Rising to the challenge
Volume 39, Number 10, October 2002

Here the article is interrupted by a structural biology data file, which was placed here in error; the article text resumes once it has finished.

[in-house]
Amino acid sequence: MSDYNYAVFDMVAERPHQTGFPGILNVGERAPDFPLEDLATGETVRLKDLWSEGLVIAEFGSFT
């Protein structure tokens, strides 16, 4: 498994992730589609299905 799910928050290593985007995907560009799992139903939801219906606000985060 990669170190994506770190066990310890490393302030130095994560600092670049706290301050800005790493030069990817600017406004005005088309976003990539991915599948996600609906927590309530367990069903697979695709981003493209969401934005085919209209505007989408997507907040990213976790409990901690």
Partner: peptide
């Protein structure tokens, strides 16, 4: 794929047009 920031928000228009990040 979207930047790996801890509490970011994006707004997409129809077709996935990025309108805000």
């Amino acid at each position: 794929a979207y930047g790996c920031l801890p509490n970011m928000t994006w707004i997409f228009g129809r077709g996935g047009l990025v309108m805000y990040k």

It seems that every where we turn these days there is another date being commemorated, another anniversary marked, one year since this, five years since that, fifty years since the other; some of these occasions are undoubtedly important and deserve to be marked, the original event or events being of profound significance- whether it is known at the time or not. Others of course are less obvious and one wonders from time to time whether the “sixtieth anniversary of the first telephone box that wasn’t red” (or whatever!) is necessarily something one would wish to spend time reflecting upon. Of course the collectables market has always been extremely grateful for anniversaries and commemorations and for years coins, stamps and ‘phone cards have been adorned with images designed to celebrate one occasion or another – some have been somewhat tenuous, others obvious and fortunately the numismatic world has generally stuck to the latter leaving others to concentrate on the more obscure historical events. The latest crop of commemorative coins is no exception and as the anniversaries come thick and fast so the banks and mints have risen to the challenge well. Commemorative coins seem to fall into two distinct categories; those marking a tragic event and those marking a fortuitous, maybe world changing one, for the former one need look no further than the death, five years ago of Princess Diana, an event that shocked and stunned the world, at the time it was marked by the introduction of the Diana £5 crown and now, five years later there are more crowns being produced to reflect that her legacy lives on. Of particular note are the coins of Guernsey, Jersey and Alderney that have been struck by the Royal Mint. Limited edition gold and silver crowns and brilliant uncirculated cupro-nickel crowns (all with a face value of £5) and limited edition gold £25 sovereign size coins have been struck and from the sales of each a donation is being made to the Princess of Wales memorial fund, a fact reflected in the fact that each coin bears the motto of the fund - “the Work Continues”. Of course it wasn’t just Diana’s death that was at the front of people’s minds this late summer with the first anniversary of the events of September 11 leading to a number of very tasteful memorial coins from around the world including from Israel and from Pobjoy Mint striking on behalf f the British Virgin Islands. However it isn’t only tragedy that makes its way onto coins and this coming year will see a number of very important anniversaries commemorated on UK circulating coinage. The most obvious event is the fiftieth anniversary of the Coronation of Her Majesty Elizabeth II for which the Royal Mint are striking a £5 crown with a bold new design, COIN NEWS has had a sneak preview of this and we can guarantee that it will set tongues wagging in the hobby, we’ll bring you more details as soon as we can. Also celebrated next year is the fiftieth anniversary of the discovery of the structure of DNA, a vital breakthrough in biological research that has enabled scientists the world over to advance medial research in ways impossible before – this important milestone is featured on a new design £2 coin due to be circulated in conjunction with the standard “technology” coin we are used to. One of the most important forces in the fight for Universal suffrage - the Women’s Social and Political Union was formed in 1903 and it is that 100th anniversary that features on a new 50 pence design, it is difficult sometimes to believe that less than one hundred years ago women were not considered capable of making political decisions and were therefore completely discounted from the electoral procedure, without organisations such as the Social and Political Union that might still be the case today. This fifty pence design follows those struck for the 50th anniversary of the NHS and the 150th anniversary of the Public libraries; with a £2 coin this year featuring Marconi and the advent of wireless it might seem that the Royal Mint has, whether intentionally or not, started a pattern - £2 coins for scientific breakthrough, 50pence pieces for social reform. We wait with interest to see whether this will continue in future years, in the meantime we are confident that the latest commemoratives will, like their predecessors and so many others struck around the world, be very well received indeed.
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